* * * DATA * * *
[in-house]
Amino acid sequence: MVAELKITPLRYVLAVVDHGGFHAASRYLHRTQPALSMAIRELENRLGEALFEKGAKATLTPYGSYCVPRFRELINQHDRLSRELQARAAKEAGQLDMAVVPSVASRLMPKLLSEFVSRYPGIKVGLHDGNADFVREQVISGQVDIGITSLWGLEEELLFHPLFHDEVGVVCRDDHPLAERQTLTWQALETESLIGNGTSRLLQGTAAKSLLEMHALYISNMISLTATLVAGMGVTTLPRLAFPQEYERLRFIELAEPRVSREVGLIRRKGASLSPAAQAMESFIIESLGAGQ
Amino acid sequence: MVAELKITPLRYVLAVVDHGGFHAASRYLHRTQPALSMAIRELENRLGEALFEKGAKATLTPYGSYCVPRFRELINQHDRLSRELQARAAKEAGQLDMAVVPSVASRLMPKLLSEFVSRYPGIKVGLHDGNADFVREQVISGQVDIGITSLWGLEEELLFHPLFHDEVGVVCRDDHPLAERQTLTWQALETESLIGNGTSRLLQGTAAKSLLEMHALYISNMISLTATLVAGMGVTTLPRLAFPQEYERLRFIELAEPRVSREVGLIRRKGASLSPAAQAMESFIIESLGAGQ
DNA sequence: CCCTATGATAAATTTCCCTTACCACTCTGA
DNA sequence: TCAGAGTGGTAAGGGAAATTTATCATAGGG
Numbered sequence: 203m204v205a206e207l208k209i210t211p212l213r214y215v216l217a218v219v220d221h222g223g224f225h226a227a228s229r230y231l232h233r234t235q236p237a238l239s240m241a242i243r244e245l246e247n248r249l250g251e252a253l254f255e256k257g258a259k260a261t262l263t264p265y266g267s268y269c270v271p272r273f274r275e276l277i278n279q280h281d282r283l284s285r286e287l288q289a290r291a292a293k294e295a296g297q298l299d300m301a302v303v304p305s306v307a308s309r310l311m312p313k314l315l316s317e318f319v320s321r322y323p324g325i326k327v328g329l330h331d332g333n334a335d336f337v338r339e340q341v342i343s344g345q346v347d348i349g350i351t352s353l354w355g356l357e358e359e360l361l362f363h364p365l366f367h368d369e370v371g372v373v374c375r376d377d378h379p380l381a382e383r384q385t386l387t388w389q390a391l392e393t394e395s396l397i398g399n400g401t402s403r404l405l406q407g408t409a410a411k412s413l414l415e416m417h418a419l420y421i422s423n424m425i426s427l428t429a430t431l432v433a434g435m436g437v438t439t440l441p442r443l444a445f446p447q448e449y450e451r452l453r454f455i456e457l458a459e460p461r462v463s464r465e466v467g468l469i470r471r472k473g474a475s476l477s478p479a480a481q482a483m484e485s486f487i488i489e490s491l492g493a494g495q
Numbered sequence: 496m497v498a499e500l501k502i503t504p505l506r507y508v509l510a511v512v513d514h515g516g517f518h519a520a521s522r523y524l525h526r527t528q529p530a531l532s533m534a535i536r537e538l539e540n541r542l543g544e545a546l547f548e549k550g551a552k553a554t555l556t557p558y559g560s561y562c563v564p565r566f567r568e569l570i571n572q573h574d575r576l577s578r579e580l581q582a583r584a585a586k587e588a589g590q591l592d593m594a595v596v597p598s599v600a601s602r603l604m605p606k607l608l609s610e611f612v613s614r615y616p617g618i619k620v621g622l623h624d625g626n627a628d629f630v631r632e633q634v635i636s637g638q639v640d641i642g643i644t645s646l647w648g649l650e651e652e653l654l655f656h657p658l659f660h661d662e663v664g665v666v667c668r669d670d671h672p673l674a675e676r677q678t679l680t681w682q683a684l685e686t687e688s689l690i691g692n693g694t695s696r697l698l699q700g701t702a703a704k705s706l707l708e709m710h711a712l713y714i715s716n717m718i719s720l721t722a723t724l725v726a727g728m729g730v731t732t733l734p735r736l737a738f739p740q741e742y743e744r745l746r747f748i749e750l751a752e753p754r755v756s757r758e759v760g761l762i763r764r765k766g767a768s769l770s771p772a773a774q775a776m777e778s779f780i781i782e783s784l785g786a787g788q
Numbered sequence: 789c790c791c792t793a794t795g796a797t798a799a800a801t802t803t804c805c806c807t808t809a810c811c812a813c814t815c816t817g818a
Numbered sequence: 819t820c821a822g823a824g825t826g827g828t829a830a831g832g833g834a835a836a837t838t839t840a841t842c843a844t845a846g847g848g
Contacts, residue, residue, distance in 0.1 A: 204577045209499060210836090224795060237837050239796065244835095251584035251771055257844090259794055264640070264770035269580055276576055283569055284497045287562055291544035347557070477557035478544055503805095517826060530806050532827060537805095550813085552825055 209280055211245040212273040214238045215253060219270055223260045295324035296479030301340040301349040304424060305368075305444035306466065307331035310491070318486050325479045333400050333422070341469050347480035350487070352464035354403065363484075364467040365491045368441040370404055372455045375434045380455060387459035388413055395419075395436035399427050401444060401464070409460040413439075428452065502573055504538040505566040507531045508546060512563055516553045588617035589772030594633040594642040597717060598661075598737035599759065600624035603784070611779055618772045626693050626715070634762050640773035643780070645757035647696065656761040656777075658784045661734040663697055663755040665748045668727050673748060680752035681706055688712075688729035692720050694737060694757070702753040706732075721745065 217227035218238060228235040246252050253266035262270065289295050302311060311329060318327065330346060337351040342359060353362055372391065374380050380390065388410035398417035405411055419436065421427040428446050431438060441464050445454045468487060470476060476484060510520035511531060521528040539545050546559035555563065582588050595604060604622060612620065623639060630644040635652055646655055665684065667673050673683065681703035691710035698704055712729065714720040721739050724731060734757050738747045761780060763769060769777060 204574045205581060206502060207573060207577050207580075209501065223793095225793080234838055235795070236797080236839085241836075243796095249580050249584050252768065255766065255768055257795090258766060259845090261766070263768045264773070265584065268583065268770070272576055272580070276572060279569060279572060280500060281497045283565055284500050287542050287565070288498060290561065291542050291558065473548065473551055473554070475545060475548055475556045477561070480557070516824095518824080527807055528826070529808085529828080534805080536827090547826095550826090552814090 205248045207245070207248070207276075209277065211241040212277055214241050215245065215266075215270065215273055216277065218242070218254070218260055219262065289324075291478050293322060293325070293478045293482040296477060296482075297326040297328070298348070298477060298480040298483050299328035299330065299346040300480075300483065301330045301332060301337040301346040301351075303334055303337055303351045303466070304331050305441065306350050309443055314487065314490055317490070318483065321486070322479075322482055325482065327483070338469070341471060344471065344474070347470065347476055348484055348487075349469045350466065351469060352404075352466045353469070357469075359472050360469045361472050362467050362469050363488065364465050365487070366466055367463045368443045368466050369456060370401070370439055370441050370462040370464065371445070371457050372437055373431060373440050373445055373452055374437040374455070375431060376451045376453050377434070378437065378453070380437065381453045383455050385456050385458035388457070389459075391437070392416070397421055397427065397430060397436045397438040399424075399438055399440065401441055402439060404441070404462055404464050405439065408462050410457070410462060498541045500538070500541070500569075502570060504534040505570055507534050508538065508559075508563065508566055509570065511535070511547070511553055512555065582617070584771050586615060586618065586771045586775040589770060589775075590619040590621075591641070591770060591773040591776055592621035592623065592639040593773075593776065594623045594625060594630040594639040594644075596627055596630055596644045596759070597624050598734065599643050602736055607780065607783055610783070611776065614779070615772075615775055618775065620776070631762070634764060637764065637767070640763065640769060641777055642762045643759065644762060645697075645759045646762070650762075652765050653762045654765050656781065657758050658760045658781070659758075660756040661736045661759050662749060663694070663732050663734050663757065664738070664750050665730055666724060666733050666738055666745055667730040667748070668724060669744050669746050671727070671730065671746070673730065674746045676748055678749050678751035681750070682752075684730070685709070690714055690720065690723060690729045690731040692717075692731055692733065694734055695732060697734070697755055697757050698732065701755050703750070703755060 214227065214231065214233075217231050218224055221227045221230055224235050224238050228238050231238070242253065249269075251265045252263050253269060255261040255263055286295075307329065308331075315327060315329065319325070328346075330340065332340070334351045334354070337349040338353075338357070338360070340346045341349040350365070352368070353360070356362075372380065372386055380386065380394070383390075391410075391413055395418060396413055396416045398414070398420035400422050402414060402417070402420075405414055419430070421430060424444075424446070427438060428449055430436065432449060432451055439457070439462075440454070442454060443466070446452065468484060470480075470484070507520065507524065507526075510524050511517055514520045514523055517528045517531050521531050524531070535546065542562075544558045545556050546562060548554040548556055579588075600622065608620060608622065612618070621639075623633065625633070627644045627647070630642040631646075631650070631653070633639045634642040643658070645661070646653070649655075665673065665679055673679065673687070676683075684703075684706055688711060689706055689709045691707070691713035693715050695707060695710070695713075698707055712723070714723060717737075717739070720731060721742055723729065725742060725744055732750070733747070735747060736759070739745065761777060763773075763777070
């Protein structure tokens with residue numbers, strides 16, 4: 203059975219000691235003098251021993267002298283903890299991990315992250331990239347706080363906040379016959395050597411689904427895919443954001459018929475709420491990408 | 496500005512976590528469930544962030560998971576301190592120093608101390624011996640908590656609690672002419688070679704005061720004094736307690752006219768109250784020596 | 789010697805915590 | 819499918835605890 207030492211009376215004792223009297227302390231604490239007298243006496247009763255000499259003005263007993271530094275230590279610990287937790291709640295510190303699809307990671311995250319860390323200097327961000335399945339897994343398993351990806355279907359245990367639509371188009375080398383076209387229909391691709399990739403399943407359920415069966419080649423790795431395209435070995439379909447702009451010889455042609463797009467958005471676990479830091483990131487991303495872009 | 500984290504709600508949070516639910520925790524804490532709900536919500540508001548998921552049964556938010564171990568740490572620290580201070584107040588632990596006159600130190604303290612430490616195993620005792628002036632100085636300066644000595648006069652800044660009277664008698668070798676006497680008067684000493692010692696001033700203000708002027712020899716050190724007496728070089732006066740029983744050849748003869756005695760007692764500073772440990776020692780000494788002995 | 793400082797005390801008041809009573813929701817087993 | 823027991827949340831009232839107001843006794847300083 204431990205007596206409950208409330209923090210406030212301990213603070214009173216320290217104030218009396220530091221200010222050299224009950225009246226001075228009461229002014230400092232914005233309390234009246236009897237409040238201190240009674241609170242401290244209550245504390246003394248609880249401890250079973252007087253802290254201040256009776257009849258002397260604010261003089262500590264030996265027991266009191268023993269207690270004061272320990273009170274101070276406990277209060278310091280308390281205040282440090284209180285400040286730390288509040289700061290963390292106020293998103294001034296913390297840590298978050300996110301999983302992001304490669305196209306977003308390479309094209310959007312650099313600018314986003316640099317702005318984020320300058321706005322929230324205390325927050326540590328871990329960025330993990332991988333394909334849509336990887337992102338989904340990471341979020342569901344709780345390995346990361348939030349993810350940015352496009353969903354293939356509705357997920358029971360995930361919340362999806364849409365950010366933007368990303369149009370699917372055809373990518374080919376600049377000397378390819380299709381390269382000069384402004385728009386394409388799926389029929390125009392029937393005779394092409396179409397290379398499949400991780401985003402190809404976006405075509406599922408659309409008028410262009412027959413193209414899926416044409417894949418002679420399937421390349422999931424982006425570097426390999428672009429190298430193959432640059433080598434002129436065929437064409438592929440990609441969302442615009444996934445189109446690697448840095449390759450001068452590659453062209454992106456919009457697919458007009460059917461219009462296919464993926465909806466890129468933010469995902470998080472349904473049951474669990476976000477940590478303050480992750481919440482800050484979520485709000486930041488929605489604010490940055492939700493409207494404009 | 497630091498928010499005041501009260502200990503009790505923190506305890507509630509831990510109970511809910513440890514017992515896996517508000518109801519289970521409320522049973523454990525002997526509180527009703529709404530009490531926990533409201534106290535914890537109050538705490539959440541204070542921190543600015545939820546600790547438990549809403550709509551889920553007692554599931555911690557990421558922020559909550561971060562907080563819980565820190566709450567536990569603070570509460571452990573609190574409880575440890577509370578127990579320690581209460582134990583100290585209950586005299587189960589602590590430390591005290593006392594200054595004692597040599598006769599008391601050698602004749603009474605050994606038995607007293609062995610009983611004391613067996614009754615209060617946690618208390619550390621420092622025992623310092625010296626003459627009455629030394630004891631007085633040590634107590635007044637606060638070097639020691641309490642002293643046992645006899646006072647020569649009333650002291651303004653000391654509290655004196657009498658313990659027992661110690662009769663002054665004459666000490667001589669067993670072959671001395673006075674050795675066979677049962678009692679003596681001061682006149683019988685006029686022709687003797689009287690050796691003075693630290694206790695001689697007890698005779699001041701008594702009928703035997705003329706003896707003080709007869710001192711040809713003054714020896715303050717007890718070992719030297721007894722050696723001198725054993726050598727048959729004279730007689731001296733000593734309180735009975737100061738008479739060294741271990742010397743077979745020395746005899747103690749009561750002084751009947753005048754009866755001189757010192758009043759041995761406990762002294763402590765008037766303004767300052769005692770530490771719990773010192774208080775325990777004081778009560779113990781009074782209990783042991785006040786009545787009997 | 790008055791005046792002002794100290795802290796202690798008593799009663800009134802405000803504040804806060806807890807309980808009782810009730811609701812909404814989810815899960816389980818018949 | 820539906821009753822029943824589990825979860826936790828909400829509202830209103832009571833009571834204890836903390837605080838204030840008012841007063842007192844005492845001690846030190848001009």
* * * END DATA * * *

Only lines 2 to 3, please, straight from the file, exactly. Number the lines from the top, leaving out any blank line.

Amino acid sequence: MVAELKITPLRYVLAVVDHGGFHAASRYLHRTQPALSMAIRELENRLGEALFEKGAKATLTPYGSYCVPRFRELINQHDRLSRELQARAAKEAGQLDMAVVPSVASRLMPKLLSEFVSRYPGIKVGLHDGNADFVREQVISGQVDIGITSLWGLEEELLFHPLFHDEVGVVCRDDHPLAERQTLTWQALETESLIGNGTSRLLQGTAAKSLLEMHALYISNMISLTATLVAGMGVTTLPRLAFPQEYERLRFIELAEPRVSREVGLIRRKGASLSPAAQAMESFIIESLGAGQ
Amino acid sequence: MVAELKITPLRYVLAVVDHGGFHAASRYLHRTQPALSMAIRELENRLGEALFEKGAKATLTPYGSYCVPRFRELINQHDRLSRELQARAAKEAGQLDMAVVPSVASRLMPKLLSEFVSRYPGIKVGLHDGNADFVREQVISGQVDIGITSLWGLEEELLFHPLFHDEVGVVCRDDHPLAERQTLTWQALETESLIGNGTSRLLQGTAAKSLLEMHALYISNMISLTATLVAGMGVTTLPRLAFPQEYERLRFIELAEPRVSREVGLIRRKGASLSPAAQAMESFIIESLGAGQ